Australia’s second-largest carrier has always lagged behind Qantas in lounge access options (and still does) but a recent announcement helps to close the gap. Read on to get the full rundown.
As a key benefit of the American Express Velocity Platinum and Platinum Charge cards, it is worthwhile to look over a number of the different lounge access options the cards offer, as well other ways to gain access to the same lounges using other methods.
In this guide, I run through the lounges in each city, what to expect when you use a lounge, and a quick look at the Virgin Australia paid lounge program and the (few) credit cards that offer Virgin Australia lounge access as a perk.
Virgin Australia is upping its game when it comes to passengers travelling on international services with them or a partner airline.
The biggest news is that the airline will be adding a new lounge called My Lounge in Brisbane to be opened in ‘the next few months’. It will be operated by a third party called No1 Lounges and will seat ~100 guests for Virgin Australia flights to the Pacific, Asia and Los Angeles.
What the new lounge may look like—loft-style elements in a relaxing environment
Currently, some Virgin Australia passengers access the Etihad lounges in Sydney and Melbourne. These are being taken over by the same third-party operator this month, with their name changed to The House. Virgin Australia passengers flying to an increased number of destinations will be directed here instead of other lounges like the Air New Zealand lounges. The Sydney lounge will also be remodelled and its size increased by 50%.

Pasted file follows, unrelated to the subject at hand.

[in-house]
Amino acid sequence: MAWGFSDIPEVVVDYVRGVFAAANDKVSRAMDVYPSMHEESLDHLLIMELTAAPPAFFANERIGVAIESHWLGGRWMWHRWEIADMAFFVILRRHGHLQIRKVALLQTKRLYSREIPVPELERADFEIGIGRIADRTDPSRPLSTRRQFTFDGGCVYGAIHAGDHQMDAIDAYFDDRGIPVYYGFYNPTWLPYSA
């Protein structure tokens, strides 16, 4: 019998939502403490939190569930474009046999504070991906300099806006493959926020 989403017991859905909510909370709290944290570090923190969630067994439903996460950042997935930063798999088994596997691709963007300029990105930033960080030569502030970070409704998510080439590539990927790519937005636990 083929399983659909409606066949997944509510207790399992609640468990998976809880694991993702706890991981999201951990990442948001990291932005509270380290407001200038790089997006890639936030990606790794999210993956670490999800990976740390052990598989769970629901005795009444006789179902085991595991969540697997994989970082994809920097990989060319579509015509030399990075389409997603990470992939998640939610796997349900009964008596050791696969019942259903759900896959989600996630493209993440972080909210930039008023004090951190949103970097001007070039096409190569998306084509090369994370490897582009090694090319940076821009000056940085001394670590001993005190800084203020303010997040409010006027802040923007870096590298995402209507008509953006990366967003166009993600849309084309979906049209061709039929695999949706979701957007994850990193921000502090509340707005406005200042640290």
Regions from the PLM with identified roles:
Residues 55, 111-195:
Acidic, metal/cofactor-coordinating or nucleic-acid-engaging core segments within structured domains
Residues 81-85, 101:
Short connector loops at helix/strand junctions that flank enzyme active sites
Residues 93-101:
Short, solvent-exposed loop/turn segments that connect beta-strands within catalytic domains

In New Zealand
With Virgin Australia’s partnership with Air New Zealand ending later this month, passengers in Auckland, Christchurch and Queenstown will now access third-party lounges of the Strata or Manaia brands. These are the same lounges that Priority Pass members currently gain entry to, so there may be some space constraints moving forward.
The airline will construct its own lounge in Wellington, which will be its first on foreign soil. It will again open in ‘the next few months’ and will service flights to Sydney and Brisbane.
It seems passengers in Dunedin will not enjoy lounge access—perhaps they will be given a food and beverage voucher instead.
Here is a full rundown of the changes:
Further information regarding locations of Virgin Australia’s international lounges can be found here.
Virgin Australia has been investing heavily in new lounge experiences over the last few years. This is both in terms of upgrades and additions to their existing domestic lounge network.
There are new domestic lounges in all capital cities (except Hobart) along with some at regional airports. In my visits, they have all offered very consistently good experiences.
Here are the current locations:
- Alice Springs
- Gold Coast
- Perth (one each in T1 and T2)
For comparison purposes, Qantas operates 24 Qantas Clubs, with Domestic and International Business and First lounges on top of that.